Why is this so?
Assuming you are using a proper OS (a *nix like GNU/Linux) that doesn't artificially limit the amount of available system memory (Windows), you can let the OS use PAE, which is supported by all modern CPUs since at least Pentium II. That way you can have up to 64GB of RAM on any 32-bit system. Enough for today, tomorrow, and whole of next year.
But 64-bit architecture can handle twice as much data in the same amount of clock cycles, you say.
That's true. It can handle twice as many ZEROS. All upper 32 bits will be set to 0 most of the time:
- Program segments that operate on strings and characters work with bytes (only lower 8 bits used in each register).
- Program segments that operate on integers (e.g. size_t counters in C) rarely count upwards of 4.2e9.
- Where preciseness is needed, double precision floats are used anyway, and
- program pointers (just being, pointing to memory locations), oh, well, they are randomized across the 2**64 range.
Any benefit gained from increased number of available registers is soon hindered by increased memory traffic since all the pointer-heavy structures are now double in size.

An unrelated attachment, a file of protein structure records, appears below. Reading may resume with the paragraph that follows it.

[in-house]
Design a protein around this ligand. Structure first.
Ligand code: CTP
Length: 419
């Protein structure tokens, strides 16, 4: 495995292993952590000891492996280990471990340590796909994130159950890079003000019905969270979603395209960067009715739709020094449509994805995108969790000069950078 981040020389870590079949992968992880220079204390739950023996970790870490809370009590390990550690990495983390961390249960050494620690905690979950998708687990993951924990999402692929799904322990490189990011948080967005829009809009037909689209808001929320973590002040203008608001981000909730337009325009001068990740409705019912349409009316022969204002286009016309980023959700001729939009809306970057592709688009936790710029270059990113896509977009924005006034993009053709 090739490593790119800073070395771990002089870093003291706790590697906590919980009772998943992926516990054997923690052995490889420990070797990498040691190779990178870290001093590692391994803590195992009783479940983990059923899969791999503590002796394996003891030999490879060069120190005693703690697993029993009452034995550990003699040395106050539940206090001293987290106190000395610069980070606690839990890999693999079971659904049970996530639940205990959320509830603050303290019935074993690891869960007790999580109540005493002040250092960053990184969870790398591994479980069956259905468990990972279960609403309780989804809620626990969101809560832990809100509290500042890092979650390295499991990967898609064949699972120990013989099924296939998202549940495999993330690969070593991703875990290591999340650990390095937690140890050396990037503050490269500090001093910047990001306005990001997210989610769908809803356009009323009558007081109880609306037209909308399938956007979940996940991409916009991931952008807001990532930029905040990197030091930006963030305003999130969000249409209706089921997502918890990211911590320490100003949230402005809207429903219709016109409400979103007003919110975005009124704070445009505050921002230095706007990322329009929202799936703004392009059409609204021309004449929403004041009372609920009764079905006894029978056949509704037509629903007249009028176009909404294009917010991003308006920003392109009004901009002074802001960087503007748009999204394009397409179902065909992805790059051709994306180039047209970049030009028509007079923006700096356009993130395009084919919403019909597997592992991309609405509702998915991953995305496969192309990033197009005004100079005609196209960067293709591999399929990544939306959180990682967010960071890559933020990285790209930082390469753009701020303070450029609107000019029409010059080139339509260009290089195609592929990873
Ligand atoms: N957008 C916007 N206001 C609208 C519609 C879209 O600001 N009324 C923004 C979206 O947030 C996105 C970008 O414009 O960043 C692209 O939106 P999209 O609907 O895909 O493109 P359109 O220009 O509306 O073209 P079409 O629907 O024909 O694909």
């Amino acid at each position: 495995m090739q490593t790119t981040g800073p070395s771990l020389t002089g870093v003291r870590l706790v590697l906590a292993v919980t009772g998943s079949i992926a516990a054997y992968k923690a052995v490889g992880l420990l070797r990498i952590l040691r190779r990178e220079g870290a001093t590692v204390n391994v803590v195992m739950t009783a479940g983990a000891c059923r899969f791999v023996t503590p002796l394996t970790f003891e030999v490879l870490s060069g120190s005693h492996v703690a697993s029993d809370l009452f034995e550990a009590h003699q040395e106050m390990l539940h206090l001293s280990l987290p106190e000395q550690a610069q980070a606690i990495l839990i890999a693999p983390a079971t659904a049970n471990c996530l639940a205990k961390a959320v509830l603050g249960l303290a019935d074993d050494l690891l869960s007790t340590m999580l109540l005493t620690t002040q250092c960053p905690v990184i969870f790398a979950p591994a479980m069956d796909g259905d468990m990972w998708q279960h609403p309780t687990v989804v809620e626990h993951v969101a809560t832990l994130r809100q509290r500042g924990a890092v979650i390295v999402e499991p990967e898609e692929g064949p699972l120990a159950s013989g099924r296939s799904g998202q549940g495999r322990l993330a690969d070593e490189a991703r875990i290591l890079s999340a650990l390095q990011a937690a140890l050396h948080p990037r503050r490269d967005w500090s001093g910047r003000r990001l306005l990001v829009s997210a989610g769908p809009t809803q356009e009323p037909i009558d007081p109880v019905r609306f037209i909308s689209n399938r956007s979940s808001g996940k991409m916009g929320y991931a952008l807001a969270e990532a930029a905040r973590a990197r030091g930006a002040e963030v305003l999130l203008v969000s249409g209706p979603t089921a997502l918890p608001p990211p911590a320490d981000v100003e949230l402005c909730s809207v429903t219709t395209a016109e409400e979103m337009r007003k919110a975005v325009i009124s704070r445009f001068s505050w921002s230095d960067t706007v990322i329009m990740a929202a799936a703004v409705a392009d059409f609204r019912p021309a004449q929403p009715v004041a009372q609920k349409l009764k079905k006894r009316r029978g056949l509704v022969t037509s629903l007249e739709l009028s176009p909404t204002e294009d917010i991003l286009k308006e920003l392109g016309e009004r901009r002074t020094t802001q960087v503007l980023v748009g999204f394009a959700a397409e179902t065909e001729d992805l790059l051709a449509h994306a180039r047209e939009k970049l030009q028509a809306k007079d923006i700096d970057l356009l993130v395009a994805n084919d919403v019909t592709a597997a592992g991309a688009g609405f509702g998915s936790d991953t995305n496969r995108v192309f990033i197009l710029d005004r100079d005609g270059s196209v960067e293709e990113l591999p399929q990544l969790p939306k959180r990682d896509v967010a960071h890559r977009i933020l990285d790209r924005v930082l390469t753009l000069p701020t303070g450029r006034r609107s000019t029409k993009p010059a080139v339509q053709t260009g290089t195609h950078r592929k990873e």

The ONLY reason to run 64-bit is if you intend to run processes that require over 4GB RAM each. So indeed, there is a limitation of 4GB RAM per process. But in my humbling experience, that hardly ever comes into pass since large data is normally processed sequentially anyway (think large multimedia file playback, seeking database records, etc. everything). YMMV.
The ONLY real reason to use 64-bit is if you are encoding/rendering/hashing/compressing/processing stuff a lot; that way you're looking at decreasing the required time proportionally by half, depending on the implementation.
32-bit OS with 4GB RAM has allowed me to have hundreds of different application windows open and running smoothly at the same time (think apps like LibreOffice, Pidgin IM, dozens of terminal windows with Python processes running within, a tabbed code editor, Eclipse, GiMP, calculator, Chromium, Opera and Firefox with —not kidding— hundreds of open tabs, tens of colorful PDFs, WinAmp for Linux, VLC, VirtualBox-es ...). All that without ever touching my swap! I challenge you to try that on a 64-bit OS. Please report your findings. :)
Except in very special cases, 32-bit desktop owns 64-bit for the foreseeable future. Everything else is monopoly of the giants.
Update: Seems like Donald Knuth agrees (Ctrl+F for "Flame About 64-bit Pointers"), and there is some WiP to make Linux have the best of both worlds. The associated kernel and glibc updates should hit your favorite distro sometime in the next Debian cycle. Given the available performance reports, only then will it make complete sense to switch to x86_64 desktop even when you have less than 8GB RAM.